Chris McCann | Bologna, Italy | Post 1
As much as I have missed starting the new school year with the energy that accompanies Vassar in August, the transition to pumpkin spice lattes or to the autumn colors of the Hudson Valley, I must confess that I do not regret my choice to spend the first semester of my junior year in Italy! I tried to think of a great way to start this series of Far and Away blogs but since one of the most common questions I get from friends and family back home is simply some version of “How’s Italy?,” I think I’ll start with that. At this point, I’ve studied for three weeks in Lecce in Southern Italy and now have been in Bologna for a little under two weeks, so here are some of my first impressions.
There are some immediate cultural differences that one easily notices when spending a few days in Italy. Smoking. It’s big. It seems like nearly everyone smokes and if you went up to someone and asked for a cigarette or to borrow a lighter they would probably be able to help you out. Not only do so many people smoke, but the amount of people, especially in Lecce, who carried around pouches of tobacco to roll their own cigarettes seemed to be in the majority. On the other end of the health spectrum is another fun surprise. If you go out to a restaurant in Italy for example, in addition to noticing the smoking, you’ll come to realize that water is not a “given.” Tap water is a little bit of an odd item to request, so if you go to Italy you should expect to have to pay for bottled water (either naturale or frizzante of course).
Alright, alright, enough negatives. Two categories of culture that I can confirm to be true about Italy and Italians from my experience are beauty and diet. For some reason that I have yet to truly discover, Italians in general are noticeably very attractive. On any day of the week, Italians of all walks of life will dress in ways in which Americans might only dress if they were going out on a Friday or Saturday night and want to impress. All the while American men may be keeping it somewhat hidden that they’re trying to look good, Italian men shamelessly “peacock.” Hair, shoes, clothes, the whole nine yards. In addition to the items that make them more noticeable, many Italians, in my opinion, are physically very attractive and I have to attribute a lot of that to their diet and eating habits. Breakfast normally consists of something small, like a pastry, with a cappuccino or espresso or some other variation of coffee that is most definitely not a large mug of American coffee. That’s about it. Lunch is generally quite healthy because this is a country in which food is a point of pride and so it normally freshly prepared. But it’s not all veggies and lean meat! Italians eat carbs! It wouldn’t be Italy without pizza, pasta, and gelato, right? However, their attitude toward food is one of appreciation and enjoyment which prevents unhealthy eating habits that are more prevalent in other parts of the world.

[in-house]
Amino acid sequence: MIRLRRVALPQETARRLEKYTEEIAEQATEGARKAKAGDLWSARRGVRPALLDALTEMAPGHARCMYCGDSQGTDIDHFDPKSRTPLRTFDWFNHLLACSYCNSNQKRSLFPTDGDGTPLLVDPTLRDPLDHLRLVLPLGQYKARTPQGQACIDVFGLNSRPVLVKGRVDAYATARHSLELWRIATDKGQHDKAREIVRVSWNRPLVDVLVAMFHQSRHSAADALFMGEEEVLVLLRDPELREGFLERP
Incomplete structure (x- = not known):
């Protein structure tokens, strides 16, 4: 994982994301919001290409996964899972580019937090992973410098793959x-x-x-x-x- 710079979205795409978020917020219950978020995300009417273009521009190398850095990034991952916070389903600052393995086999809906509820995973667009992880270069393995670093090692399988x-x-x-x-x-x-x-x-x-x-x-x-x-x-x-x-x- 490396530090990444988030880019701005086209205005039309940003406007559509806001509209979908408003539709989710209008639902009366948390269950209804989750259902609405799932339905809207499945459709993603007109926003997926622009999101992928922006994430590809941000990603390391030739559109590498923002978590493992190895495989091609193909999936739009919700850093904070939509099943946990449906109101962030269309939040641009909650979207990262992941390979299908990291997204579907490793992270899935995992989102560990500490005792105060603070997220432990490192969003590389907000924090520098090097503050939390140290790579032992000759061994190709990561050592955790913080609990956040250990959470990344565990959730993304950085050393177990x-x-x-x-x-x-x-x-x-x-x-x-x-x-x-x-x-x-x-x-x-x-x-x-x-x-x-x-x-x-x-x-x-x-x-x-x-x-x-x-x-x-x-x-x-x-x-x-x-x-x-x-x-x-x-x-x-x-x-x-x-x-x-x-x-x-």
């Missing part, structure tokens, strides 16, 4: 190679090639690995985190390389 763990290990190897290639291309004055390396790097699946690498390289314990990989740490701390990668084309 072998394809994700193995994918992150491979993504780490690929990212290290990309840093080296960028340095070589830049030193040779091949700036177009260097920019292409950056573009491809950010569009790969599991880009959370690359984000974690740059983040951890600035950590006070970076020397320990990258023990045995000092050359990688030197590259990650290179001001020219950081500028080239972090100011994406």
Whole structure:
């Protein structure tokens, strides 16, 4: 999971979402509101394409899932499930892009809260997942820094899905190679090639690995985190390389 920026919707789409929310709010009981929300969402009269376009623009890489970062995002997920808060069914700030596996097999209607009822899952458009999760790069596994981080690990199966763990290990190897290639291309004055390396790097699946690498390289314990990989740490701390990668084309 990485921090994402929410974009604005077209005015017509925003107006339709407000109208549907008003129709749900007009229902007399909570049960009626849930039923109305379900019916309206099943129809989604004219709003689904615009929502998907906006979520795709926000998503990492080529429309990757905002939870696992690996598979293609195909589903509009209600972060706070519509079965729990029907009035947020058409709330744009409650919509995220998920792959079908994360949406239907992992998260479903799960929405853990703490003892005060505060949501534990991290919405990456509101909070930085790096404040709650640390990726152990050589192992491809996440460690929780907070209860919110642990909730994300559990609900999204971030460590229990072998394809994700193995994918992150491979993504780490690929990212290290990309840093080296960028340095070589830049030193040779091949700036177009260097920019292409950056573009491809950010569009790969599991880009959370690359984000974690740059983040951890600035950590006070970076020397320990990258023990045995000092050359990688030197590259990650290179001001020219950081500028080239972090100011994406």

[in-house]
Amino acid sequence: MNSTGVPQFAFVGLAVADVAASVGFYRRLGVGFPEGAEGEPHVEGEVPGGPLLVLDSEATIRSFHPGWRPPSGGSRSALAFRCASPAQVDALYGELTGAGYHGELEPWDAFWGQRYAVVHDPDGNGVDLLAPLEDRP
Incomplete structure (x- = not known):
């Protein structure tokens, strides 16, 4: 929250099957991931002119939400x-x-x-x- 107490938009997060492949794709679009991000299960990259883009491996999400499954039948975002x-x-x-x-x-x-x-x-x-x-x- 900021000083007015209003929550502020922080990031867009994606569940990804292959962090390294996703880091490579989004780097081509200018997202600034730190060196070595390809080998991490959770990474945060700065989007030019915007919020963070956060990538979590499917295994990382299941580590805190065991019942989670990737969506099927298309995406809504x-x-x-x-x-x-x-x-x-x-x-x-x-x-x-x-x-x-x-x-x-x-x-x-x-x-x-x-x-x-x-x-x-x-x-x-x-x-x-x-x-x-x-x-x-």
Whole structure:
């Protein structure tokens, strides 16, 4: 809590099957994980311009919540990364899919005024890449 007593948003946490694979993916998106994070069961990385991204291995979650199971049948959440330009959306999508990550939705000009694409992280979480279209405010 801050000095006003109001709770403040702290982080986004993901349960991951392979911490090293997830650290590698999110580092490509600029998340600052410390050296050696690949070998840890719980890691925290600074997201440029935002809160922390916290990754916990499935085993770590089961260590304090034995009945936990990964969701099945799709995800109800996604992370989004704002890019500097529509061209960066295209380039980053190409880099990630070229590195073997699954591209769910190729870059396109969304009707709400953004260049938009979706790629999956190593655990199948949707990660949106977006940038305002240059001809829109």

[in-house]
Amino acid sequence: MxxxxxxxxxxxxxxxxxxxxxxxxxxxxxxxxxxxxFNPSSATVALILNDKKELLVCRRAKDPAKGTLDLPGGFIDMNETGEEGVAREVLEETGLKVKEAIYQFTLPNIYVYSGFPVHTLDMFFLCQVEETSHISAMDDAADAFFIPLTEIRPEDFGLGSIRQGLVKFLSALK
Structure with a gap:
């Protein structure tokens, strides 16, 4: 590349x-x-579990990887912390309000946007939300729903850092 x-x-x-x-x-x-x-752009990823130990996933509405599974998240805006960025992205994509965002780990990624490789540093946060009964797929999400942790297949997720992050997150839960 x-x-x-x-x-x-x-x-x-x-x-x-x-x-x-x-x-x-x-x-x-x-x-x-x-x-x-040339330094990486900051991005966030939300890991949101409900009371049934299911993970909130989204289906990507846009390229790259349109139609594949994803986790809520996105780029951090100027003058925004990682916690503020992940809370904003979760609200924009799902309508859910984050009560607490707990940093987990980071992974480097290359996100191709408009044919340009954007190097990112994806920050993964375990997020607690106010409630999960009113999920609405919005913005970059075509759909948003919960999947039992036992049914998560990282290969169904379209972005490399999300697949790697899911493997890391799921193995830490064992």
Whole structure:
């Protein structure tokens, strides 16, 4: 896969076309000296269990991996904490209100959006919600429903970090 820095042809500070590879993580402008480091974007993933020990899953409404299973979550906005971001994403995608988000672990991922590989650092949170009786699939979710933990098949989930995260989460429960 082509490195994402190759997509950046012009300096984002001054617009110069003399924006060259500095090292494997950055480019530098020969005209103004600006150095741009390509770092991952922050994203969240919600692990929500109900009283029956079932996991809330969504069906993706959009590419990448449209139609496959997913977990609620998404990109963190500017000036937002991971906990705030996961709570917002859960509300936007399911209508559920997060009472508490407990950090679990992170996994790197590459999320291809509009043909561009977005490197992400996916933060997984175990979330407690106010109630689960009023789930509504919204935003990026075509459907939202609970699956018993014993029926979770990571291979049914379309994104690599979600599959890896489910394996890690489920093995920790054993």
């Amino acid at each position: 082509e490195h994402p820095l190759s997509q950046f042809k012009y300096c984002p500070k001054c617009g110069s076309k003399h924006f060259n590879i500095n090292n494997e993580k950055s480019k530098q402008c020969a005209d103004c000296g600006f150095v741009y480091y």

And then there’s the world of politics. It is not unheard of for an Italian to hear me or a classmate speaking Italian with an accent and then to follow up with some version of “Oh you’re American? What do you think of Donald Trump?” I haven’t experienced very strong opinions in Italy either for or against the president, but both world politics and Italian national politics find their way into the lives of even us American students. When I was in Lecce, there was a lot of leftist graffiti and not too much else regarding political expression. On the other hand, I’ve only been in Northern Italy for a short period of time and Bologna seems much more politically active. This isn’t necessarily a North/South issue considering Bologna is a major Italian city with a large university that contributes to an overall liberal community while our time in Lecce was in the older part of the city (and truly a great place for vacationers!). They’re just different places. In Bologna, in a addition to the leftist graffiti (of which there is a lot) is very, very right-wing graffiti. Without being too specific, there’re a number of World War II era type material on some of the walls. However, the voice of the left is far from silent in Bologna. For example, I was leaving a clothing store in the center of the city one day and I was immediately shocked at the load noise and crowds of people marching down the street with leftist banners and signs to demonstrate what they believe to be the spirit of Bologna.
First impressions can be tricky, especially in another country away from home. But the more I’m here, the more deeply I’m able to appreciate the rich culture and diversity in Italy. If you haven’t been to Italy and aren’t too sure what it’s like, or even if you have been to Italy and maybe had different first impressions, I would encourage you to really explore all that Italy has to offer. Italy is beautifully diverse in every aspects of life and is truly worth exploring. Ci vediamo, ragazzi!